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So the title says it all. I think using the square formula, not sure if that is legit. Thank you for your attention.

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    $\begingroup$ It is legit. Just square both sides in the first equation, and you get the answer. You will need to use $y^2\ge 0$. $\endgroup$ – Andrei Apr 2 at 17:59
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The inequality $$|{x-0}| > |{x-y}|$$ says that $x$ is farther away from zero than it is from $y$, so both $x$ and $y$ are on the same side of zero, meaning they have the same sign.

Thus $xy > 0$.

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Let $|x|>|x-y|$. Then $x^2>(x-y)^2=x^2-2xy+y^2$ but $y^2\ge 0$, so $0>-2xy$, which means $xy>0$ as inequalities are reversed when multiplying by a negative.

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In general, $a>b$ is not equivalent to $a^2>b^2.$ However, when $a,b\ge 0,$ we can say that $a^2>b^2$ if and only if $a>b.$

On the one hand, suppose $a>b$ and $a,b\ge 0.$ Then $a>0,$ so since $a>b,$ then $a\cdot a>a\cdot b,$ or $a^2>ab.$ Since $b\ge 0$ and $a>b,$ then $b\cdot a\ge b\cdot b,$ or $ab\ge b^2.$ Since $a^2>ab\ge b^2,$ then $a^2>b^2.$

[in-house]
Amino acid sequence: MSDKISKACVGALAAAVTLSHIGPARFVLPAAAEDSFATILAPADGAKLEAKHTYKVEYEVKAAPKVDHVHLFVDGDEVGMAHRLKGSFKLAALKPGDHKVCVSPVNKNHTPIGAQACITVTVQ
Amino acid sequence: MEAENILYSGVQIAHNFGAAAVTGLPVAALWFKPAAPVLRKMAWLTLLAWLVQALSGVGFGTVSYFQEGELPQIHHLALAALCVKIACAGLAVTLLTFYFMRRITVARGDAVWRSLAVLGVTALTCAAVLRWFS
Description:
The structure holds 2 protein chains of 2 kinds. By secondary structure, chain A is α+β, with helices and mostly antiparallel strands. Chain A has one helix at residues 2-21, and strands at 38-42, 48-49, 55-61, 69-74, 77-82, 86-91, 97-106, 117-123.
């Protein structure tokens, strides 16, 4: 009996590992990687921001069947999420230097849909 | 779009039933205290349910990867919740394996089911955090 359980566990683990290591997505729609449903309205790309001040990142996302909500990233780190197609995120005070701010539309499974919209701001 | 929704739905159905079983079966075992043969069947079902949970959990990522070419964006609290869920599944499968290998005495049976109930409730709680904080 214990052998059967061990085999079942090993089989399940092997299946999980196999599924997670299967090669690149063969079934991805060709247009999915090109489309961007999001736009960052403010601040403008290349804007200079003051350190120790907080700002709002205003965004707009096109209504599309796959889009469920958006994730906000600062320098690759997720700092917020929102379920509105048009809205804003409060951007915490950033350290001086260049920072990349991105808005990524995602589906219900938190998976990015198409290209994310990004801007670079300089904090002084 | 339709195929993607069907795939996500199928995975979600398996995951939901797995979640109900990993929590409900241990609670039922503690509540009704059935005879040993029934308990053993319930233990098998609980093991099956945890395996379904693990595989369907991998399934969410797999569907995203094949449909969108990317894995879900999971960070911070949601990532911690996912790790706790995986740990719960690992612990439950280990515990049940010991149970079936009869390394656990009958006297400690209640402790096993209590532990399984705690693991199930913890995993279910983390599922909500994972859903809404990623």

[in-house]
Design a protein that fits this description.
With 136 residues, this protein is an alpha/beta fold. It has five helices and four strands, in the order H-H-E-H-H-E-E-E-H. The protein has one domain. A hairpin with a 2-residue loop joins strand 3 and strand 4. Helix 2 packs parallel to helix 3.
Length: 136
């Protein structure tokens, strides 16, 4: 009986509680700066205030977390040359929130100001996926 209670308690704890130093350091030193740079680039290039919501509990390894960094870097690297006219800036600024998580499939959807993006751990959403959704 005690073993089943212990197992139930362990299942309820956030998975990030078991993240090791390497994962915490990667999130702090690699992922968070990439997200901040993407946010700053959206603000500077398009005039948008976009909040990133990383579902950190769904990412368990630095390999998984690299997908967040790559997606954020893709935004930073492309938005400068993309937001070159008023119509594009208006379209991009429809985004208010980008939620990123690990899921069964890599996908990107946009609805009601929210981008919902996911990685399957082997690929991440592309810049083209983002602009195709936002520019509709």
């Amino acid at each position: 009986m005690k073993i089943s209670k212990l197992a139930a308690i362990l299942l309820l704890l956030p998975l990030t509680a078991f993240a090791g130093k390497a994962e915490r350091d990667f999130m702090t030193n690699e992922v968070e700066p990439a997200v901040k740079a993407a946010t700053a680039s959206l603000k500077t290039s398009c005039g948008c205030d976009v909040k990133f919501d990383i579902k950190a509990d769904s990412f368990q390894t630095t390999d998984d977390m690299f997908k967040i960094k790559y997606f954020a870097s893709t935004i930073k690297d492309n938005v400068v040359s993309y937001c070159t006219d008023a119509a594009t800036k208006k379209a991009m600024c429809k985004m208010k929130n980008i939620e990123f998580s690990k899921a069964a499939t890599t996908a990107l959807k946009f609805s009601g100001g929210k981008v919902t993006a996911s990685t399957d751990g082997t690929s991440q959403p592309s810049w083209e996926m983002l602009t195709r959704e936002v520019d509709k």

On the other hand, suppose $a^2>b^2$ and $a,b\ge 0.$ Then $a^2-b^2>0,$ or $(a-b)(a+b)>0,$ meaning that $a-b$ and $a+b$ are either both positive or both negative. Since $a,b\ge 0,$ then $a+b$ can't be negative, and so both $a-b$ and $a+b$ are positive. Then $a-b>0,$ and so $a>b.$


The upshot is that your approach absolutely works in this case, but we might want to approach it differently. Personally, I'd think about it in terms of distances (as in Alice's answer).

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Taking cue from Alice and Shaun,

Since $|x|$ and $|x-y|\geq0$, $y\neq0$ with $|x|>|x-y|$ so $$x^2>(x-y)^2\implies0>y(y-2x)$$ This happens iff only one of $y$ or $y-2x$ is less than $0$.

  • If $y<0$ then $y-2x>0\implies y>2x\implies x<0$

  • If $y>0$ then $y-2x<0\implies y<2x\implies x>0$

In either case $x$ and $y$ have same sign so $xy>0$.

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